FEATURE ARTICLE

Monday, December 9, 2019
chigachieke@yahoo.co.uk

ONYEMA SAVED AMERICAN LIVES

he figures below constitute roughly 3 percent of the eight categories of casualties contained in the 2007 report of the Monitoring Unit of Ijaw Youth Council, IYC. The report was tendered by the Chris Ekiyor-led IYC to the General Secretary of the United Nations, UN, European Union, EU, and Black Congressional Caucus:

Killing of expatriates: (1) 23 February 2007, a Lebanese with AUC Construction Company killed by gunmen at Isiokpo; (2) 16 January 2007, gunmen killed Dutch man Gideon Lapre and two Nigerians. But C.W. Moon (Korean) and Kumpas (another Dutch) escaped with injuries; (3) 22 November 2006, a Briton, David Hunt, killed and Pietro Caputo injured at the offshore Okono Okpoho fields while being rescued by Nigerian Navy. A soldier and two militants died; (4) 04 August 2006, five expatriate oil workers of a contractor engaged by Shell killed in ambush along Egbema/Aga Road; and; (5) 10 May 2006, an American working for Baker Hughes Inc. killed in Port Harcourt.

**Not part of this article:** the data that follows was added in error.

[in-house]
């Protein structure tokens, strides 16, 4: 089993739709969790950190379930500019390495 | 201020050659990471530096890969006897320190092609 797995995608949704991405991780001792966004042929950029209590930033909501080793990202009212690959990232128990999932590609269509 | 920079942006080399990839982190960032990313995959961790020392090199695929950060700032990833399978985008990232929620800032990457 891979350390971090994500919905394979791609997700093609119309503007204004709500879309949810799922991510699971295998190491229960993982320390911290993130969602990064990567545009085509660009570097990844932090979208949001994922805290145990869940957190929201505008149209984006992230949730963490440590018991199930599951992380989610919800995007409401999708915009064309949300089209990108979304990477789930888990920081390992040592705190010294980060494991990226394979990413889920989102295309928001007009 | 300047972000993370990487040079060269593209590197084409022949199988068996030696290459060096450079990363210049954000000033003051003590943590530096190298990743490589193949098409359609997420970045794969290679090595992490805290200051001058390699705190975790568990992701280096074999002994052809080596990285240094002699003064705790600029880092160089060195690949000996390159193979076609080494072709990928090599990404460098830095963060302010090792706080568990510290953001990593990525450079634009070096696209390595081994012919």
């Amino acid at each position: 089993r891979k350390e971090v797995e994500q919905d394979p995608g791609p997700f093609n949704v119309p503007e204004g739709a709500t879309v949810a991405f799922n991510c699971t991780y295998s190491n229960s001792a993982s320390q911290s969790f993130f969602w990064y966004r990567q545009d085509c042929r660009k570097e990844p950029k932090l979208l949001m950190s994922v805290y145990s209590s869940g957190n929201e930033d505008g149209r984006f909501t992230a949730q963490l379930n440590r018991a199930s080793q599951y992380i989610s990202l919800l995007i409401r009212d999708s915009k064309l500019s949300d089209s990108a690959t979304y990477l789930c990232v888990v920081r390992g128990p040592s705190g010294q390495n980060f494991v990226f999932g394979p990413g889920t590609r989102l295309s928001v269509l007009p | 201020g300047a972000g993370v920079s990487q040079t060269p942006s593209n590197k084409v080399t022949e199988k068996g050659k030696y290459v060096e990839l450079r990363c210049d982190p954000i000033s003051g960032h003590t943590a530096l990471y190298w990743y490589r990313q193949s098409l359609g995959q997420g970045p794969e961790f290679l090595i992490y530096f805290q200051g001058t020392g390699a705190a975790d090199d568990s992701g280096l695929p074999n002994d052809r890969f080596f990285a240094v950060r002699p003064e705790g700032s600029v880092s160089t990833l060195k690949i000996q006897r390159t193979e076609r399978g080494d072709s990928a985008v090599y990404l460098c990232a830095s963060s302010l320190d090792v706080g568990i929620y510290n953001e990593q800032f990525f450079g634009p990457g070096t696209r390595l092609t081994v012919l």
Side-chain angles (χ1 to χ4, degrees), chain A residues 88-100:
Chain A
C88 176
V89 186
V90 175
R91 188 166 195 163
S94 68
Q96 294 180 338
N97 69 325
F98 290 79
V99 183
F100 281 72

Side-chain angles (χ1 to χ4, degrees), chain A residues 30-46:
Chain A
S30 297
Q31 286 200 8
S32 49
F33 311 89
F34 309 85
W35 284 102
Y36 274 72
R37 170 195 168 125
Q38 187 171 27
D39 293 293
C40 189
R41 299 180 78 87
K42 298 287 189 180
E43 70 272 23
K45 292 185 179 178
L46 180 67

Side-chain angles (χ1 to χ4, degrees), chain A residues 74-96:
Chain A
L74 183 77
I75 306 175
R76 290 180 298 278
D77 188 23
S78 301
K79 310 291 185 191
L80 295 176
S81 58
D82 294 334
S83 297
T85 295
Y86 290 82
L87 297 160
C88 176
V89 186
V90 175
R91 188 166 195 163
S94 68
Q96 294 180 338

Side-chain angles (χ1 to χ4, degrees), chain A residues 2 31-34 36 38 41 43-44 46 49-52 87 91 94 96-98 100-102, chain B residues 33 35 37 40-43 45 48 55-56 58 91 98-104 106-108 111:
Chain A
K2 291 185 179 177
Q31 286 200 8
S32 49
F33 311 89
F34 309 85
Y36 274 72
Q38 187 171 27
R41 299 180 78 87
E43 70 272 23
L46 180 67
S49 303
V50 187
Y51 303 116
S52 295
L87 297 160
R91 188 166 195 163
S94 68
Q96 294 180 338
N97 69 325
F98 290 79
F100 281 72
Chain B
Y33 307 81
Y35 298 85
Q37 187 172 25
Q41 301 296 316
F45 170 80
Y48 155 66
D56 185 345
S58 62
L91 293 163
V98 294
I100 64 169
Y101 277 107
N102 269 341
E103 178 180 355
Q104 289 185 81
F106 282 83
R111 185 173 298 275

Clashes between Government Forces and Local Resistant Groups and Extra-Judicious Killings: (1) 21 June 2007, 15 youths and three soldiers killed in clash between JTF and militants at Ogboinbiri flow station of NAOC; (2) 13 June 2007, JTF killed nine youths in a speedboat at Ogboinbiri; (3) 11 May 2007, JTF killed four youths in speedboat along Oporoma axis of Nun River; (4) 12 March 2007, two policemen killed at Dawes Island when boat belonging to Nigeria Liquefied Natural Gas (NLNG) was attacked; (5) 15 November 2006, two killed when JTF and local groups clashed at SPDC Nun River Field Logistic Base; (6) 07 June 2006, five naval officers, two civilians and Commander F.N. Kolawole killed escorting two Chevron boats along Cawthorne Channel; (7) 09 March 2006, seven soldiers and three gunmen killed when soldiers escorting fuel tanker on Escravos were attacked; (8) 30 March 2006, 19 soldiers killed in clashes at TUNU and Benisede Flow stations; (9) 08 March 2006, four naval officers and a police officer escorting oil vessel MTCM Spirit killed at Okerenkoko.

The above is a true reflection of the Niger Delta that Barrister Allen Onyema and his Foundation for Ethnic Harmony in Nigeria, FEHN, helped to salvaged. It all started with the Kaiama Declaration of 1998. By 2003 Asari Dokubo, 2nd IYC president, unease with the genocide visited on his Ijaw ethnic group by Western oil multinationals and the Nigerian state, declared war on Nigeria.